The End

I’ve really put off — and therefore artificially built up — this final chapter of my little “I’m Thinking Of …” analysis. That’s never a good idea. I mean, Goethe put off Part II of Faust for something like 40 years, but he was fucking Goethe. I’m just spitballing some movie impressions, not trying to figure out human existence in theatrical verse.

Speaking of theatrical, what about about that ending? Watching it, I thought Kaufman is kind of lurching for an artificial happy way to wrap this mindfuck up (what’s with my language today, by the way? Sheesh, I sound like my 13 year old son.) But in doing so, he created something that’s actually even creepier and more disturbing than the standard ending Iain Reid crafted for his novel.

As I mentioned in the last piece, Reid turned his story into something like a slasher movie in the final act. It was reminiscent of “The Silence of the Lambs” in that respect, all the more highbrow psychological story lines disappeared and we’re left with a woman trying to escape an armed killer in the dark … or something like that. In the end, they all die in a blood triple suicide. And then we find out, like of like the coda to Eminem’s Stan, that the whole story was written by the janitor in his notebooks. Damn.

I kinda hate the way the novel wrapped up and I get the sense that Kaufman did too. So he decides to take a wild flight of fancy and at this point, I’m overdue in introducing my personal favorite analogy about Charlie Kaufman. To me, Charlie Kaufman is to film directing what Michael Jordan was to baseball. I suppose with enough time and hard work, Kaufman will reach a place where he’s a pretty good or maybe even very good director.

But the fact is that he’s a phenomenal screenwriter, maybe the best working today. His imagination knows no bounds. His work is capable of soaring when he’s paired with a director who knows what to do with those imaginative bursts, whether it’s Michael Gondry’s melting houses in “Eternal Sunshine of the Spotless Mind” or any second of Spike Jonze’s “Being John Malkovich.”

But Charlie/Michael really wants to direct/play baseball! And we audience members have to sit through movies that don’t quite work as a result. That’s never more obvious than in the final scenes of this movie. It’s one thing to introduce a talking cartoon pig … ok, I can take that and the Tulsey Town 1950s advertisement intro. But then, we get the high school auditorium/Nobel Prize ceremony with all the characters in the film wearing ridiculous high school play aging makeup. By this point, Kaufman has already gone too far … the mind is ready to accept one weird feature of a scene at a time and we’re still processing the talking pig when this bizarre makeup appears.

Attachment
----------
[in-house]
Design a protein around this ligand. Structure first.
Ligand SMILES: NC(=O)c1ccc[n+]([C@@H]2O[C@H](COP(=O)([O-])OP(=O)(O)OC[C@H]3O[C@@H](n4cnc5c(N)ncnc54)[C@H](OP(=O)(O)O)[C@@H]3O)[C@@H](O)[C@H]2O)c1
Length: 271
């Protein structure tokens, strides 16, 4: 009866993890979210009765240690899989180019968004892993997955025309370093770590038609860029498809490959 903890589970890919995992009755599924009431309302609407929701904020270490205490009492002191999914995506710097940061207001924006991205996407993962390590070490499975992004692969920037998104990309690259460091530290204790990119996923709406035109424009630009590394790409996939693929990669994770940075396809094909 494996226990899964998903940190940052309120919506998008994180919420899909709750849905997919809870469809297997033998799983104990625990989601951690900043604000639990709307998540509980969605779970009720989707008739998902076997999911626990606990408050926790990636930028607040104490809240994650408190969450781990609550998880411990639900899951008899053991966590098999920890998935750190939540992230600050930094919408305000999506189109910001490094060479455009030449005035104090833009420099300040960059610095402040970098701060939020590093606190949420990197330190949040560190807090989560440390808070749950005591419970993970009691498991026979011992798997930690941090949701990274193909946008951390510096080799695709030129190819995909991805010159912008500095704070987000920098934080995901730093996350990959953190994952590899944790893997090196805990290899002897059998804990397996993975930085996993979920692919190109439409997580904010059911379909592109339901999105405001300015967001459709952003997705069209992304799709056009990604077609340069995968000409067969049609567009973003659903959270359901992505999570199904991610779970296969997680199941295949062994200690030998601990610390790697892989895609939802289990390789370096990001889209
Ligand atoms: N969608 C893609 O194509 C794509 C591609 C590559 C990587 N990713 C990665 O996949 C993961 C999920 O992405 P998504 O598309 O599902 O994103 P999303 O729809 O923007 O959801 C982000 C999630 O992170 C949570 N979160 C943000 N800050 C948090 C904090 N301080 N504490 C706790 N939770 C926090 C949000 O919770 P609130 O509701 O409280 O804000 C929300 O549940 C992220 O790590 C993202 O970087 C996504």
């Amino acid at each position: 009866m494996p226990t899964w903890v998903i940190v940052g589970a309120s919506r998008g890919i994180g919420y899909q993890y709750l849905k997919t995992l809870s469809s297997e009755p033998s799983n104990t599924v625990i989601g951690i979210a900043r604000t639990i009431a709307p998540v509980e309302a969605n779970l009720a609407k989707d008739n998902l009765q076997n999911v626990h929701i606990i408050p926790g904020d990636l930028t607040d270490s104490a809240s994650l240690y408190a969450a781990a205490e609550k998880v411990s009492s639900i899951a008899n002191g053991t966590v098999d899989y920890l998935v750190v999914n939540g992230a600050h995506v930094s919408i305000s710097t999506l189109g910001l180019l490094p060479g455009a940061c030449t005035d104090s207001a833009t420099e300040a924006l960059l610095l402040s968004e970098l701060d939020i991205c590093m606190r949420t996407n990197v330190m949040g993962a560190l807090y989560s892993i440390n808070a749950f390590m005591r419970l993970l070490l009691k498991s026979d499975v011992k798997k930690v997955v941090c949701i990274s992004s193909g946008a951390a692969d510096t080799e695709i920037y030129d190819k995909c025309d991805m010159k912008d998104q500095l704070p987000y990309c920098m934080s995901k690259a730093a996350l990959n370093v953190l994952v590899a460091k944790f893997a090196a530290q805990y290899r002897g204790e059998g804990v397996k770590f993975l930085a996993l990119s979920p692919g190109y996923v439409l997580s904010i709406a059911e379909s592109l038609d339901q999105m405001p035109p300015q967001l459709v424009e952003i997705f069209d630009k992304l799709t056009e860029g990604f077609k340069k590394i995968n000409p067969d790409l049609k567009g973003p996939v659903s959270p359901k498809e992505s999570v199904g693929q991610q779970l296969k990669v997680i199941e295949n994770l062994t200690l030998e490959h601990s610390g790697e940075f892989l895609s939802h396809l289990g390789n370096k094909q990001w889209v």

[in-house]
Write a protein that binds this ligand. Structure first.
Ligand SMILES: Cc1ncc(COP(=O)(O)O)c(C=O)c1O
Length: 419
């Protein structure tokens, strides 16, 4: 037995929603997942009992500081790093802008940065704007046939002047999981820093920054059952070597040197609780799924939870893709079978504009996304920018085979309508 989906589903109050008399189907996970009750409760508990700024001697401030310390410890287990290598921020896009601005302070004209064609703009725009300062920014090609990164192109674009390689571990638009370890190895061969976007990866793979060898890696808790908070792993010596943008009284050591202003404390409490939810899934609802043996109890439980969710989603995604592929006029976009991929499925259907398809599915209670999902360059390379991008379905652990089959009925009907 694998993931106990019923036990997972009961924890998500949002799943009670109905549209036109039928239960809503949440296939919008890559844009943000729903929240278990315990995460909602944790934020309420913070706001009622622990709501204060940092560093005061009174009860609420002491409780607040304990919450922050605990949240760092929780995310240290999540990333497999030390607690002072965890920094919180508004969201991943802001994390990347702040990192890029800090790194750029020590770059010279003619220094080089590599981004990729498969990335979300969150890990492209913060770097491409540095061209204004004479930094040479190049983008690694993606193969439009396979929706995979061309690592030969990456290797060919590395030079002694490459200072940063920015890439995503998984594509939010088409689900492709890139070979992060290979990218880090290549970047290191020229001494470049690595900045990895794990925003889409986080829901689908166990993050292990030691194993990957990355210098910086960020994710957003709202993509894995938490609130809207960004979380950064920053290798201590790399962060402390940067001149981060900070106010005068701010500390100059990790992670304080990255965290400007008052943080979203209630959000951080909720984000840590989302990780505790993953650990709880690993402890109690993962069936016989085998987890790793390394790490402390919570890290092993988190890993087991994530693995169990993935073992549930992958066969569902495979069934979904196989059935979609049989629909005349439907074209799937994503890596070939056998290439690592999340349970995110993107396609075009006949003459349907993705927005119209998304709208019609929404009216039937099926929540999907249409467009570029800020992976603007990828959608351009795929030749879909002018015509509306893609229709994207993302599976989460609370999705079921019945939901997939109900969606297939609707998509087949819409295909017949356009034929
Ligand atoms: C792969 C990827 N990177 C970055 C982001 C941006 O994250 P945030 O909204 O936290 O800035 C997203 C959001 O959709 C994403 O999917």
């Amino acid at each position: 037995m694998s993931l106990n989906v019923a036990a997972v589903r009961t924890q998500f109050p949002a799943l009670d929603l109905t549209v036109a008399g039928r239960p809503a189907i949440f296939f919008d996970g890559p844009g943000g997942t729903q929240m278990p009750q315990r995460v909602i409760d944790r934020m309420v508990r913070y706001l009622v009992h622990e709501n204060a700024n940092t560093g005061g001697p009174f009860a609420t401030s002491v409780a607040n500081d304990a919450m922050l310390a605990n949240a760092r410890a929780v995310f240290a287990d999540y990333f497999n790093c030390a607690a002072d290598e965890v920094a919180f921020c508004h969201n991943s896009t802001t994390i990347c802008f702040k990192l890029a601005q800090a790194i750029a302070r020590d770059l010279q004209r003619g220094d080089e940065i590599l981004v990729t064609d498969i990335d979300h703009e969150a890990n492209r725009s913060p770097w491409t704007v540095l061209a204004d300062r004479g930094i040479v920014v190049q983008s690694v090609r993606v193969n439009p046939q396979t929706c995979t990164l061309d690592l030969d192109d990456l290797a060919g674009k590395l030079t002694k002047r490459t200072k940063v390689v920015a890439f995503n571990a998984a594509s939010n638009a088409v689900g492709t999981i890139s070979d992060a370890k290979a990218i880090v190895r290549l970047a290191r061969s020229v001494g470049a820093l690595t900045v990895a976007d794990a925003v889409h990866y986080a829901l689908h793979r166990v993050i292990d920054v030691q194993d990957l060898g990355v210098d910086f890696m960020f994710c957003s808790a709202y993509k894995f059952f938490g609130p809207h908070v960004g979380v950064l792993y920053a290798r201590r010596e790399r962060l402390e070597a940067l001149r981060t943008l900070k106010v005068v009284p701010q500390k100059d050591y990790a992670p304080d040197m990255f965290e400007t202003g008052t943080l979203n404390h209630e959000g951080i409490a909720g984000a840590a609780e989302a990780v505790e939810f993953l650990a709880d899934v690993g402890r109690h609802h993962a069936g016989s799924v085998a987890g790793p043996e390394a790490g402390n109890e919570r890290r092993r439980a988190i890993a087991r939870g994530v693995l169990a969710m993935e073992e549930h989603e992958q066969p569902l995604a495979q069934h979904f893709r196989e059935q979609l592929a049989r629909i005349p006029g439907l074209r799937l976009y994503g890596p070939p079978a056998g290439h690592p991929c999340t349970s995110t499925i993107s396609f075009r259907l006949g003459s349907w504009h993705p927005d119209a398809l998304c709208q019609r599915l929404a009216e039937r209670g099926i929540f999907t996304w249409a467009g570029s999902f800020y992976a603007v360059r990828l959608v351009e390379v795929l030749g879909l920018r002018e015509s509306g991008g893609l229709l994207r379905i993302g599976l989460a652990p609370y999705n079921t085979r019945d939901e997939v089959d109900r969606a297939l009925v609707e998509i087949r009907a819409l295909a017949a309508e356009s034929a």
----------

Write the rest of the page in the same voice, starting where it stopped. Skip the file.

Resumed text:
Now he takes it the third strange step of having Jake give the closing speech from “A Beautiful Mind” word for word. The movie had already made the psychic handoff from the young woman to Jake when the talking pig tells him “you are a physicist, after all.” We get it! The anima is within him! But now he gets to process that internal anima as his own in front of all the women in his life … including the woman who portrayed the anima! That just doesn’t feel right to me. She walks through the entire movie slowly gaining her agency and in the final scene she’s reduced to a love interest?

But even that third step of weirdness is not enough, because Jake needs to step away from his Nobel for Nothing and take on the vocals of “Lonely Room,” one of the most depressing songs ever composed. In the song, Jud laments that the girl of his dreams doesn’t even see him, he daydreams that she does, then he angrily denounces the “pack of lies” that carried his delusion.

So, the story returns to the young woman’s closing story told to the janitor, that their relationship never existed, it was all a delusion of Jake’s that allowed him to create the anima that carried the action of the story to its inevitable (violent?) conclusion. It reached the same place as Iain Reid’s novel, but in a far more circuitous, baroque fashion.

I can imagine a better director making something really interesting out of these Kaufman ideas, but Charlie/Michael can’t hit the Uncle Charlie (slang for curve ball) and strikes out (as MJ did 114 times in 436 at bats.) The ending is weird in a Lynchian way, but not nourishing like his work. I didn’t get the feeling that I’m tapping into Kaufman’s unconscious so much as I’m tapping into his partially thought out ideas.

Or as Pauline Kael said of “A Woman Under the Influence:”

It’s all planned, yet it isn’t thought out

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